- Cameron Oglesby
The Problem with Too Much Medical Care
Updated: Nov 12, 2021
While only 7.3% of adults aged 18 to 44 have Multiple Chronic Conditions (MCC), almost nine times as many 65 or older do (61.6%). And that can lead to something straight out of John Godfrey Saxe’s 1872 poem, The Blind Men and the Elephant.
That’s because Multiple Chronic Conditions usually call for multiple medical specialists, and, like the blind men in the poem, too many focus on their own areas of specialization and fail to see the whole elephant. This narrow view can produce wide-ranging consequences.
“Once you get three, four or five and six diseases, several things happen,” says Dr. Mary Tinetti, chief of geriatrics at Yale School of Medicine. “[A]lmost guaranteed, trying to get one of those diseases under control is gong to make one of the other diseases worse.”
More than one-third of people over 55 take five or more prescription drugs, 53% of them from more than one healthcare provider. Individually, each drug can save or improve lives. But “[t]he risk of adverse events increases exponentially after someone is on four or more medications,” Dr. Michael Hochman of the University of Southern California’s Keck School of Medicine warns.
In 2014, adverse drug effects sent almost 1.3 million Americans to US emergency rooms. About 124,000 of them died. As many as half of those deaths – 62,000 of them – were preventable.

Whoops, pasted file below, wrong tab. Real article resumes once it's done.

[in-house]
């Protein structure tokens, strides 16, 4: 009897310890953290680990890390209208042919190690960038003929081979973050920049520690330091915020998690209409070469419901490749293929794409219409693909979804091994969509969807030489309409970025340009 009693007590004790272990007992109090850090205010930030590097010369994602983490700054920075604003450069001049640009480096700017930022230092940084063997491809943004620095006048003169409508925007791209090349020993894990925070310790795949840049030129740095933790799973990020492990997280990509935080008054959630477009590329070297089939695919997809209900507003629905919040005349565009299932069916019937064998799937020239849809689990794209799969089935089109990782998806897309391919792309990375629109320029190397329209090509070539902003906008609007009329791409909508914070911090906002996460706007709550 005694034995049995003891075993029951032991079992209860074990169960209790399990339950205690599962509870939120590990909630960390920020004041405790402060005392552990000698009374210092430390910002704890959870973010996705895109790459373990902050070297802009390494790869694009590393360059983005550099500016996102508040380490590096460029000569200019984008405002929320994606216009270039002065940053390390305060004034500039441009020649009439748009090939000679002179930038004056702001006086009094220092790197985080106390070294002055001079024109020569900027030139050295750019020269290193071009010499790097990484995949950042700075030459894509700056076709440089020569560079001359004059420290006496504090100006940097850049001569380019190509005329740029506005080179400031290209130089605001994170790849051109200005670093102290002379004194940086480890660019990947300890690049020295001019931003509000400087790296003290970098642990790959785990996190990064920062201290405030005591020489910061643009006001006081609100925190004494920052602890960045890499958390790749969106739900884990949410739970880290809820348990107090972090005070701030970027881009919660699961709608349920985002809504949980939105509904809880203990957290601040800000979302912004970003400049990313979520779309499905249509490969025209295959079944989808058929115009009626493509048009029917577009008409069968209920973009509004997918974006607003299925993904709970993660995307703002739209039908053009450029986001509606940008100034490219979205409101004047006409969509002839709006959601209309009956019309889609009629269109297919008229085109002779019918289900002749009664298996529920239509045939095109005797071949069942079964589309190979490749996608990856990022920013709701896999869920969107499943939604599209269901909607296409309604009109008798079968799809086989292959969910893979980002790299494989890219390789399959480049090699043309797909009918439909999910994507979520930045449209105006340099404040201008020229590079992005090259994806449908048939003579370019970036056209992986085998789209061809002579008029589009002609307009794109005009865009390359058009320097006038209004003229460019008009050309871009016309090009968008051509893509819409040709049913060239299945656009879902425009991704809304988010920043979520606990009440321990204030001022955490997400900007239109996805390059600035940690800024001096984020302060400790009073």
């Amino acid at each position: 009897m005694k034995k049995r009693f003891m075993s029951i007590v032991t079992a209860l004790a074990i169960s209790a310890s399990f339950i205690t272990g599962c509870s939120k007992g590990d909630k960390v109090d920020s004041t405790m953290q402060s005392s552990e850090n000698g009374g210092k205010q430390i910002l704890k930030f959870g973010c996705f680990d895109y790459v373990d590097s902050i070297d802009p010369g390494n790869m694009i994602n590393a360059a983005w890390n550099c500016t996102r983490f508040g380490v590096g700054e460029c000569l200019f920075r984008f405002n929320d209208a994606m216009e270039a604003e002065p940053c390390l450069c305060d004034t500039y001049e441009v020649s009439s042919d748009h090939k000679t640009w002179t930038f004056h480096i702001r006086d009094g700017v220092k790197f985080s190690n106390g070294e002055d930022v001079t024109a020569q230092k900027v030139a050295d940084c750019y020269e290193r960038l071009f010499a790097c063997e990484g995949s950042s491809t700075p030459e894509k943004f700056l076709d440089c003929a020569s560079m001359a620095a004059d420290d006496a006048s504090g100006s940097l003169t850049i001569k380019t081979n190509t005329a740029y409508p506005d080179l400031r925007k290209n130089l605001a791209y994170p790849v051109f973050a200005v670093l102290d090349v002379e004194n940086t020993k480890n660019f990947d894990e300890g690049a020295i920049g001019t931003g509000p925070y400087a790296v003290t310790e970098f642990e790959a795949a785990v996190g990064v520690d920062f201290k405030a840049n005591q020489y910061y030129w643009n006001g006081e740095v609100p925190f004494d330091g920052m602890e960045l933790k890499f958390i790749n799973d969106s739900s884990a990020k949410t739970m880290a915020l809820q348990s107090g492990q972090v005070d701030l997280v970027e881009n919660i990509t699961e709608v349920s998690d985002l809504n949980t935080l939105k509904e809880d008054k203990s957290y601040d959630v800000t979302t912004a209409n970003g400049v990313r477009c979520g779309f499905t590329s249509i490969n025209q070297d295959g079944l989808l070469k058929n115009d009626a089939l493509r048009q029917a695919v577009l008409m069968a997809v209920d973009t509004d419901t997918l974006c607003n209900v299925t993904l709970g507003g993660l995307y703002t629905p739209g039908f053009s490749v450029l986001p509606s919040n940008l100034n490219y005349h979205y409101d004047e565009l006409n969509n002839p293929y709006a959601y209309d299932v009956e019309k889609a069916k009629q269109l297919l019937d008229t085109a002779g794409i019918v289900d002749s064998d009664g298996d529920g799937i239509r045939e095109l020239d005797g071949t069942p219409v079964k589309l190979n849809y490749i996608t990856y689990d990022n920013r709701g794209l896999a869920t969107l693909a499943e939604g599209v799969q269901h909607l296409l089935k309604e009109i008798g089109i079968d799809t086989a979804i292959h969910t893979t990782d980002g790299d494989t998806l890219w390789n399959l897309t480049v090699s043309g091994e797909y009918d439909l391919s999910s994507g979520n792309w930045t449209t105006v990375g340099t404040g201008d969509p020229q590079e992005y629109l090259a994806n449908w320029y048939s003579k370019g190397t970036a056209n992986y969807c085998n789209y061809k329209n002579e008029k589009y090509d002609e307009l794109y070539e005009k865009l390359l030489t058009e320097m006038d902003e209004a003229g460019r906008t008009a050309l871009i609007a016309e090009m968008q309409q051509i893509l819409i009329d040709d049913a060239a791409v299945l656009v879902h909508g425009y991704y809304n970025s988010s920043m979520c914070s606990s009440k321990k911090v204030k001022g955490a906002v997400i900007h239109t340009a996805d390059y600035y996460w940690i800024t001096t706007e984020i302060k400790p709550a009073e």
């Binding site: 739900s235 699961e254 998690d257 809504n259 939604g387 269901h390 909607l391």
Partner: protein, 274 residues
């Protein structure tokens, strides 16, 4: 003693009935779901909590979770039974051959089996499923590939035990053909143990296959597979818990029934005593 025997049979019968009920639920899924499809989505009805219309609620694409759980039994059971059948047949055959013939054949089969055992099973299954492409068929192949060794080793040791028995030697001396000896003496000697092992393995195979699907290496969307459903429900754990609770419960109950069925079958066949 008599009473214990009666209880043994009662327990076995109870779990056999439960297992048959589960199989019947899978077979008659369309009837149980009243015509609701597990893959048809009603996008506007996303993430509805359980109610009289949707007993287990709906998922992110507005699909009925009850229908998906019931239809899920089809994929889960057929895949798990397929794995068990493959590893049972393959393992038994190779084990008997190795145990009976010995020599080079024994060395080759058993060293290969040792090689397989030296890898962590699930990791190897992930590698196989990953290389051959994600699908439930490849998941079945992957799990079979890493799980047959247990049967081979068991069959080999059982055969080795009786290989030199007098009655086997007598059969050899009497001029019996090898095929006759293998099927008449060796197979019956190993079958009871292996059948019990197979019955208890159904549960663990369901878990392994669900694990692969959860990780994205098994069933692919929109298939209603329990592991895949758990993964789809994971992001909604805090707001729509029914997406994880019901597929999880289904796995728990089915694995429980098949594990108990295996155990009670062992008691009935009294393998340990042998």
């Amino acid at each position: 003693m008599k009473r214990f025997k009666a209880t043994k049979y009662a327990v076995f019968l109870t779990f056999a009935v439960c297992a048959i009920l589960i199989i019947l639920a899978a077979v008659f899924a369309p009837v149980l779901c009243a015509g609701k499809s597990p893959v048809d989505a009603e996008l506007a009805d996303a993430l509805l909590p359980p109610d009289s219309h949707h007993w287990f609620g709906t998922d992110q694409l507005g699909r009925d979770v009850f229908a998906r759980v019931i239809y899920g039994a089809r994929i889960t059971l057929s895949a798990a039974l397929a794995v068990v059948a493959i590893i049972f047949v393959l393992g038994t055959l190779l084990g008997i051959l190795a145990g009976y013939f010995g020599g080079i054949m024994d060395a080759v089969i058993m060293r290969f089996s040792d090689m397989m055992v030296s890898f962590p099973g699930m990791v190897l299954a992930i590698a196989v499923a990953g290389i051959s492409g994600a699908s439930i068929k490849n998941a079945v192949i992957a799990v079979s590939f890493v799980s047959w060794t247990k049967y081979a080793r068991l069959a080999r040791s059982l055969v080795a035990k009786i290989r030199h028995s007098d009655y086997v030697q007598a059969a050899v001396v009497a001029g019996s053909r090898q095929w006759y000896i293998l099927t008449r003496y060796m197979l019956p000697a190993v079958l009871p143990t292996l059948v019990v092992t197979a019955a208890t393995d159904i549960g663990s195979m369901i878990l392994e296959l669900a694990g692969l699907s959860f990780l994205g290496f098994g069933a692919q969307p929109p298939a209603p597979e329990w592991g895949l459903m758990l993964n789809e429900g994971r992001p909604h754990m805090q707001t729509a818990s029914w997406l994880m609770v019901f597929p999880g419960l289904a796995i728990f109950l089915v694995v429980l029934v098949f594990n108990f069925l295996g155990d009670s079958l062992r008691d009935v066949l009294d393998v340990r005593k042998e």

Another consequence is what Dr. Victor Montori, of the Mayo Clinic, calls the “burden of treatment.” As Dr. Tinetti explains, “The more we ask people to do, the more overwhelmed they get and the less they are likely to do.” MCC patients will often begin to skip taking their meds, keeping their doctor appointments, doing their PT exercises, or performing other health tasks. So, paradoxically, overtreatment can lead to undertreatment.
Fortunately, communication can make both of these problems preventable: Communication between your specialists and your primary care physician. And communication between you and your pharmacist and doctors.
Communication between your medical providers can widen the focus from the elephant’s leg or tail or tusk to the elephant itself. Communication between you and your pharmacist can identify potential drug interactions and side effects. And communication between you and your doctors can help lighten the burden of treatment – by narrowing their focus to what troubles you the most.
Before you can communicate your priorities to your doctors, you’ll need to define them to yourself. What’s most important to you: Longevity? Function? Social activities? Pain or symptom relief?
Which relationships and connections are most important?
What brings you the most enjoyment and pleasure?
In taking care of yourself, what’s most important to you now?
What do you hope your health care can do?
What would you like to be doing more of? How often have you been doing it? How does your health get in the way?
What healthcare causes problems for you? What kind of problems?
What tradeoffs are you willing to make?
This is why our thorough three-part assessment of your physical, psychosocial and mental status covers your health care regimen, your reactions to it, and your living and health priorities; in other words, your wants as well as your needs. And why our holistic senior care approach makes sure all aspects of your care reflect those wants, needs and priorities.
To learn what a difference this holistic approach can make, please call or contact us to arrange a comprehensive consultation